New York

Bernd Zimmer

Barbara Gladstone Gallery

Choosing subject matter to paint is evidently the least of Bernd Zimmer’s worries. No matter how banal the reality may be, Zimmer will make it look as if it’s a hallucination. His neo-Expressionist landscapes all have the feel of imminent catastrophe, as if in every innocent scene there exists some terribly subtle crime, hidden from the pedestrian eye.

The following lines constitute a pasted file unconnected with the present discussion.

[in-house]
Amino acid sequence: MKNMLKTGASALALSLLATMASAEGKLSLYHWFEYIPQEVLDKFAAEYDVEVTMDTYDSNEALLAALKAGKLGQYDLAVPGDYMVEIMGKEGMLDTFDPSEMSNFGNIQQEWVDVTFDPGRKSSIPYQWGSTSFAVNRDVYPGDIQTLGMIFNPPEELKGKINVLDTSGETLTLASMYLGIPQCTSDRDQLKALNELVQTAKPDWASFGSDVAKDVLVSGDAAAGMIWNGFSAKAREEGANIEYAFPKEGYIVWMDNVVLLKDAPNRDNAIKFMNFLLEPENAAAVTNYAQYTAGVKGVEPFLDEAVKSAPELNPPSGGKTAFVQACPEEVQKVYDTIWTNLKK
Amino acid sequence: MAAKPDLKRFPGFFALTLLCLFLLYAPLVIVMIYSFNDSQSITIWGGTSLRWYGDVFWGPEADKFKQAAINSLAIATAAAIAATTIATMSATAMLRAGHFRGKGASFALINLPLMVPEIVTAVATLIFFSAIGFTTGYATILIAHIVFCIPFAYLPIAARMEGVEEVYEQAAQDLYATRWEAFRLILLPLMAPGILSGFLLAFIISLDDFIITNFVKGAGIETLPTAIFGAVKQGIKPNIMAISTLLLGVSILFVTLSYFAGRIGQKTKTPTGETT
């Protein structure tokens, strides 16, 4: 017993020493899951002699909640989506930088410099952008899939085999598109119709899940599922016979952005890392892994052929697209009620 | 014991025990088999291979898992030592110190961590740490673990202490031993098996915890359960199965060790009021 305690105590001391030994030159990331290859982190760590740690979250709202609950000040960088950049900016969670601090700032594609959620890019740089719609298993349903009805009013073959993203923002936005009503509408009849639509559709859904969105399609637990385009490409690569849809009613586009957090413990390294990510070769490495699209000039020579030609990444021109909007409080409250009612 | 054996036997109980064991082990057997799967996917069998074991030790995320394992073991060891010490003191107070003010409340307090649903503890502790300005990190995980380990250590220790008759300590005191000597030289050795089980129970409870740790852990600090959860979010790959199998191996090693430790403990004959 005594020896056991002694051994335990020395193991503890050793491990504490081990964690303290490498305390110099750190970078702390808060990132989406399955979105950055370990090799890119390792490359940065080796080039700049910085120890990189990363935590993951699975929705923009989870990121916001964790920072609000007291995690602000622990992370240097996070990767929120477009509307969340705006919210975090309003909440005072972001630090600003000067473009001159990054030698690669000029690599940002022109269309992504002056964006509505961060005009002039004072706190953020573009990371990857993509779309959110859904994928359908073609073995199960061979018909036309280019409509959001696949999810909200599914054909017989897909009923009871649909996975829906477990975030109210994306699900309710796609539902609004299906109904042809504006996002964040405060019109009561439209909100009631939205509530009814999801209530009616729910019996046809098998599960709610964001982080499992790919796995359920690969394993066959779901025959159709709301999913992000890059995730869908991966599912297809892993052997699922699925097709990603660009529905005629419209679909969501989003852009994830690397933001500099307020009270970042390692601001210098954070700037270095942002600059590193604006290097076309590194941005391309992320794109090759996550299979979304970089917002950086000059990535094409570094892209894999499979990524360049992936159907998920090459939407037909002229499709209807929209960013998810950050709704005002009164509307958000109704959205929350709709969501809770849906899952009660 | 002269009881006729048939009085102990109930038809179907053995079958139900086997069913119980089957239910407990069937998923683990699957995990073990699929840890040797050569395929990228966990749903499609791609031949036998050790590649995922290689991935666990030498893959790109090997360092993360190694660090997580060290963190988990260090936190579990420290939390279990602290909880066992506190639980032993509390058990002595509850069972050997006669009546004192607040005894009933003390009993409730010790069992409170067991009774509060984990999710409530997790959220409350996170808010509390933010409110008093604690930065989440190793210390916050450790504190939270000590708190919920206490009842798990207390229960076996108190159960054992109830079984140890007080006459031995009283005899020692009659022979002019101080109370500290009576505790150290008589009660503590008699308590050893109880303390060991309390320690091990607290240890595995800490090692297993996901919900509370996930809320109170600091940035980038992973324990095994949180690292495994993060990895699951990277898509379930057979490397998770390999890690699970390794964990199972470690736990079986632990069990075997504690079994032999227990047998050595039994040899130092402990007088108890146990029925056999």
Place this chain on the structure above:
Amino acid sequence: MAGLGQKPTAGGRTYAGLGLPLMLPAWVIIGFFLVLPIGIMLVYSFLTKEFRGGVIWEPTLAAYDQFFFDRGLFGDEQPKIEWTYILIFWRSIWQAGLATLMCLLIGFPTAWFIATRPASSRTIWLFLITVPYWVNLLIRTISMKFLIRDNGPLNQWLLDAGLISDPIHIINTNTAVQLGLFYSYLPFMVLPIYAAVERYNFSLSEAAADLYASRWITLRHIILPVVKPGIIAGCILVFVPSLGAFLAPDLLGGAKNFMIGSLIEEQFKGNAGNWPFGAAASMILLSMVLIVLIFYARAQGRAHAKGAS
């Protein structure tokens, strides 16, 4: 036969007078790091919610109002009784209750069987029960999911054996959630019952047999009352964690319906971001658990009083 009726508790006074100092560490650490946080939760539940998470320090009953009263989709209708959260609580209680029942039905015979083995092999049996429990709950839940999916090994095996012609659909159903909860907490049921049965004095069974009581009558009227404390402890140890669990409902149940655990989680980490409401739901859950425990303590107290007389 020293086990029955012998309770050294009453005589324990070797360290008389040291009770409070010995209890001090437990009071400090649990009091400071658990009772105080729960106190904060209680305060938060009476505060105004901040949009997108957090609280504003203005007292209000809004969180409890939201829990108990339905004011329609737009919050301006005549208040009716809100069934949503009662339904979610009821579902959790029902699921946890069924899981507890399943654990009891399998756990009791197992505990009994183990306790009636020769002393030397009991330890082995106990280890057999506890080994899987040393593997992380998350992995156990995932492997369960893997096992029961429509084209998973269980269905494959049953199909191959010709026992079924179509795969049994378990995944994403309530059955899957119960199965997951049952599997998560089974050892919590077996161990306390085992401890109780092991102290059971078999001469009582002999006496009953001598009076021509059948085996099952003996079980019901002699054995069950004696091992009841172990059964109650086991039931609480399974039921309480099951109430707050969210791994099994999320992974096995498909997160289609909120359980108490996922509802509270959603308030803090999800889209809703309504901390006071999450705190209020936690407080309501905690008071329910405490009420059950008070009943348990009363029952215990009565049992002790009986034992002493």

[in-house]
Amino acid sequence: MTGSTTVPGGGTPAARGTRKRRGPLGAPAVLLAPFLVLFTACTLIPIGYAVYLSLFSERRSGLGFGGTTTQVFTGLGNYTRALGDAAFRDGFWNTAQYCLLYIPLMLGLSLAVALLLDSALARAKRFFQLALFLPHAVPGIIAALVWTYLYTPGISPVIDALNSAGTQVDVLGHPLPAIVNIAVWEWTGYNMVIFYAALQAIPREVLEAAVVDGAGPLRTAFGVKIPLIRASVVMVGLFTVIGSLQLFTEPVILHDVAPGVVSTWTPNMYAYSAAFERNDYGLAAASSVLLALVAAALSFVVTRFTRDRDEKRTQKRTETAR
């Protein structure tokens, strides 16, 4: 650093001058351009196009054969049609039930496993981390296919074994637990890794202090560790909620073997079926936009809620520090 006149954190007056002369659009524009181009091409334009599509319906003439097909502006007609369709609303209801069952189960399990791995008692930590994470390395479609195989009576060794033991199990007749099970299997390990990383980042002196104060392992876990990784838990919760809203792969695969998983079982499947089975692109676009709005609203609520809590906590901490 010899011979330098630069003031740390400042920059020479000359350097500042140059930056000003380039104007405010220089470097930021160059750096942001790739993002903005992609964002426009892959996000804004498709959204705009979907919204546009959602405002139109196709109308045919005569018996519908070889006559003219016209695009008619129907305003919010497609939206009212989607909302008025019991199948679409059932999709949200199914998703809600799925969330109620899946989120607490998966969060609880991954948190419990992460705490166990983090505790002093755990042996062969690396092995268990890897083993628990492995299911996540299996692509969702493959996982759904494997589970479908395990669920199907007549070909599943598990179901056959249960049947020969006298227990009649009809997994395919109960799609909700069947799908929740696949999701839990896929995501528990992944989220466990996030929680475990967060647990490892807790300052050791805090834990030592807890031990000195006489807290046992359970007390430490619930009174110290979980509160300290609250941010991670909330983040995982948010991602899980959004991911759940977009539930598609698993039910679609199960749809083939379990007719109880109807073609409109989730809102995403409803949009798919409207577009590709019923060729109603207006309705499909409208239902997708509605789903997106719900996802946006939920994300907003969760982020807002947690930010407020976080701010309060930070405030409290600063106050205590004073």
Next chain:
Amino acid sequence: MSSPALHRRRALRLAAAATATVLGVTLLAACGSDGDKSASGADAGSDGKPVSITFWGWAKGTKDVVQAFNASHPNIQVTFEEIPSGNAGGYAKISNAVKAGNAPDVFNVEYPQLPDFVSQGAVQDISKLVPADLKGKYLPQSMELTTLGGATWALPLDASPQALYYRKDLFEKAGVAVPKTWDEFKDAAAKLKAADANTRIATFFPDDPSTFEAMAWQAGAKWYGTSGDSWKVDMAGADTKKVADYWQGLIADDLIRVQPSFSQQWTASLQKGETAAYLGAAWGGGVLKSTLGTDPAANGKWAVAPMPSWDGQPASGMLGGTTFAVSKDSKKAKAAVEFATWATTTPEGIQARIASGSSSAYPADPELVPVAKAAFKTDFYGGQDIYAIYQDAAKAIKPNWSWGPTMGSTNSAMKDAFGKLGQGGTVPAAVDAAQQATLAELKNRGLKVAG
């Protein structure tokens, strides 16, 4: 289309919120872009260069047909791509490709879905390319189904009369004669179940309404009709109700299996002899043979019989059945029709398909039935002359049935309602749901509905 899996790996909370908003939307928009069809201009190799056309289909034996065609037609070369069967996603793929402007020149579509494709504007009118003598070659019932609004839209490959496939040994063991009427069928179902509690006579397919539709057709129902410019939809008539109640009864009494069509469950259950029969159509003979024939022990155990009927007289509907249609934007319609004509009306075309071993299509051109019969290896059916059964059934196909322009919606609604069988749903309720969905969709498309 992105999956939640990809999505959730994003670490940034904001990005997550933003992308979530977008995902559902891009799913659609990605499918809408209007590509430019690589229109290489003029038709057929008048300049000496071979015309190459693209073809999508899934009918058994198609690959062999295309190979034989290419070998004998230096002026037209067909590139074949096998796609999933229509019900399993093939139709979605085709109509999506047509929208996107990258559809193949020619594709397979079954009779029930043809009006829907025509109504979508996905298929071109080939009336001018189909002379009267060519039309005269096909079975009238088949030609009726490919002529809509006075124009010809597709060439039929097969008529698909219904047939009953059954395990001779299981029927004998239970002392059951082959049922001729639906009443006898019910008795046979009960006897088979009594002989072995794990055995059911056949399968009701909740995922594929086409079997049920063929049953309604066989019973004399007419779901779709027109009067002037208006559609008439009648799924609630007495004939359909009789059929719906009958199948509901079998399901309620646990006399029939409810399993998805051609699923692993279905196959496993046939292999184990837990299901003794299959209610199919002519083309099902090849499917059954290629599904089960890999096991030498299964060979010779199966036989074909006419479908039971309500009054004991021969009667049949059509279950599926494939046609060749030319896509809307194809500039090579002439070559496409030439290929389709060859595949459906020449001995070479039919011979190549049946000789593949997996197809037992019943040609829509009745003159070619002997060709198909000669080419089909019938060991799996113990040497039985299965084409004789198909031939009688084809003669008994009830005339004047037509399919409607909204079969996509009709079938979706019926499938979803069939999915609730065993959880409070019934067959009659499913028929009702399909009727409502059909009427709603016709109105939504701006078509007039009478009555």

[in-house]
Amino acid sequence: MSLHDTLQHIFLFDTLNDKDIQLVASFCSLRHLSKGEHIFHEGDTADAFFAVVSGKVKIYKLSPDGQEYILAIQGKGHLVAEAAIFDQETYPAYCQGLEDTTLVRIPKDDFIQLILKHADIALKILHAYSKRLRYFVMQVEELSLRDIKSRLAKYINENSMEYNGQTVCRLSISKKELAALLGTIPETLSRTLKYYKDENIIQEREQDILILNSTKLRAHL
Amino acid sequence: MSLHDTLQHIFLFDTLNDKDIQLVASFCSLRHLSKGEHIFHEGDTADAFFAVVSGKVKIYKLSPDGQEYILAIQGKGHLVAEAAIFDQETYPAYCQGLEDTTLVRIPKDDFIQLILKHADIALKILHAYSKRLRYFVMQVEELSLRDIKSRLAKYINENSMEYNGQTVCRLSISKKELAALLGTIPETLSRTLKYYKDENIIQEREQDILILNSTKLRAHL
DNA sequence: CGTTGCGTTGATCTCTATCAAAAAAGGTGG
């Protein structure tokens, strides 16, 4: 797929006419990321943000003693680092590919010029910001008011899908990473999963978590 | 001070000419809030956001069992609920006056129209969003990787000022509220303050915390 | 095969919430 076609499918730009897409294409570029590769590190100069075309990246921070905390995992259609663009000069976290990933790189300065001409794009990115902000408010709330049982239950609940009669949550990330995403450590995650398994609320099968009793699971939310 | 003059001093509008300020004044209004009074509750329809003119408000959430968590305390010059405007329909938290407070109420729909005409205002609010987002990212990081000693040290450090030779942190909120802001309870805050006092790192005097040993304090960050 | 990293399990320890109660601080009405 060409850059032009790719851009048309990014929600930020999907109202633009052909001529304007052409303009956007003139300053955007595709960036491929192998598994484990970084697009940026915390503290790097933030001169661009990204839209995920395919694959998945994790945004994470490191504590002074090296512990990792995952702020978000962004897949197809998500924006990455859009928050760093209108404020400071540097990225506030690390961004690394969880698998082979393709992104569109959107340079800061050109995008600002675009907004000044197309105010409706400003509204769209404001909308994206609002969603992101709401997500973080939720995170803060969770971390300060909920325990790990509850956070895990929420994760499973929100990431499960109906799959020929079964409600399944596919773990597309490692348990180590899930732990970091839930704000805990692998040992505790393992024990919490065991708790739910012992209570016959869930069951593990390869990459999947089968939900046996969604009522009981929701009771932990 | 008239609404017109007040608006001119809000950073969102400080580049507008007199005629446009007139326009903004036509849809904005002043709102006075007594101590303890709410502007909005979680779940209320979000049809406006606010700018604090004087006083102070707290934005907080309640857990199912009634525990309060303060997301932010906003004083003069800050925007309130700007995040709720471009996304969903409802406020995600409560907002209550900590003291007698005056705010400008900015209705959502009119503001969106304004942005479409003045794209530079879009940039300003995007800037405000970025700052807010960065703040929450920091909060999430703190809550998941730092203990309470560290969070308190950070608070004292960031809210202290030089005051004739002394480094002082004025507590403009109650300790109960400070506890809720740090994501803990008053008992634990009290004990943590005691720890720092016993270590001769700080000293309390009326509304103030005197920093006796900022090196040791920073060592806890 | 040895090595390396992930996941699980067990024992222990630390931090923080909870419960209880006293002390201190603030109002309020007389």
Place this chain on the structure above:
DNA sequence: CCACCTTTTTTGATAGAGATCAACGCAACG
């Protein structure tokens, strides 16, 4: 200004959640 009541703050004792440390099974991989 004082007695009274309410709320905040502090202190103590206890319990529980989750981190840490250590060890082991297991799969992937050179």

In Grosser Wasserfall (Large Waterfall), 1980, a rush of light water cascades downward over ragged rocks that hover in midair, threatening to crash out of the picture plane. The spatial relationships between rocks and water are a little irrational, askew; the more we look, the more aware we become of Zimmer’s fantasy. Whatever we might imagine is happening wouldn’t happen in reality quite the way that Zimmer has us see it. Badende (Nachts) ([Night] Bathers), 1979, in which we see sketchy black figures waist-deep in a dark blue ocean, pushes

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